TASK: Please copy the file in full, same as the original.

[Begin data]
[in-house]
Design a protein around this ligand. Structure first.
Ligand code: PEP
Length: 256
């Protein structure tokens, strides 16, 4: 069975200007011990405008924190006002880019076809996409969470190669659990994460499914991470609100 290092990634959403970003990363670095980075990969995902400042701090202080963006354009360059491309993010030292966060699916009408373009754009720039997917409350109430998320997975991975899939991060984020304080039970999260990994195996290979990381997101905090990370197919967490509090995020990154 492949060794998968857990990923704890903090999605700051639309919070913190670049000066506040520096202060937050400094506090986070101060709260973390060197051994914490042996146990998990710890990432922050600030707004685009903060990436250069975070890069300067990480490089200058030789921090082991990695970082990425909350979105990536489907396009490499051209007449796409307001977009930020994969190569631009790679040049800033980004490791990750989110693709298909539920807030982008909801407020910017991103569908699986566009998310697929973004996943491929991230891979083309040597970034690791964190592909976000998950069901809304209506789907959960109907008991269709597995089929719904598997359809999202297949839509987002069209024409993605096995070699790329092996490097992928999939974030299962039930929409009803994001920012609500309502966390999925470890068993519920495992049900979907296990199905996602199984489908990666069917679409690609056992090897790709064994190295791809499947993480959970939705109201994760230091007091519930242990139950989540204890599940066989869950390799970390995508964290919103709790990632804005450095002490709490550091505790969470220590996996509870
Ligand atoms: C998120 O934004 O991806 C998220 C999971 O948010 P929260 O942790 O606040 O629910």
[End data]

[in-house]
Design a protein around this ligand. Structure first.
Ligand code: PEP
Length: 256
């Protein structure tokens, strides 16, 4: 069975200007011990405008924190006002880019076809996409969470190669659990994460499914991470609100 290092990634959403970003990363670095980075990969995902400042701090202080963006354009360059491309993010030292966060699916009408373009754009720039997917409350109430998320997975991975899939991060984020304080039970999260990994195996290979990381997101905090990370197919967490509090995020990154 492949060794998968857990990923704890903090999605700051639309919070913190670049000066506040520096202060937050400094506090986070101060709260973390060197051994914490042996146990998990710890990432922050600030707004685009903060990436250069975070890069300067990480490089200058030789921090082991990695970082990425909350979105990536489907396009490499051209007449796409307001977009930020994969190569631009790679040049800033980004490791990750989110693709298909539920807030982008909801407020910017991103569908699986566009998310697929973004996943491929991230891979083309040597970034690791964190592909976000998950069901809304209506789907959960109907008991269709597995089929719904598997359809999202297949839509987002069209024409993605096995070699790329092996490097992928999939974030299962039930929409009803994001920012609500309502966390999925470890068993519920495992049900979907296990199905996602199984489908990666069917679409690609056992090897790709064994190295791809499947993480959970939705109201994760230091007091519930242990139950989540204890599940066989869950390799970390995508964290919103709790990632804005450095002490709490550091505790969470220590996996509870
Ligand atoms: C998120 O934004 O991806 C998220 C999971 O948010 P929260 O942790 O606040 O629910």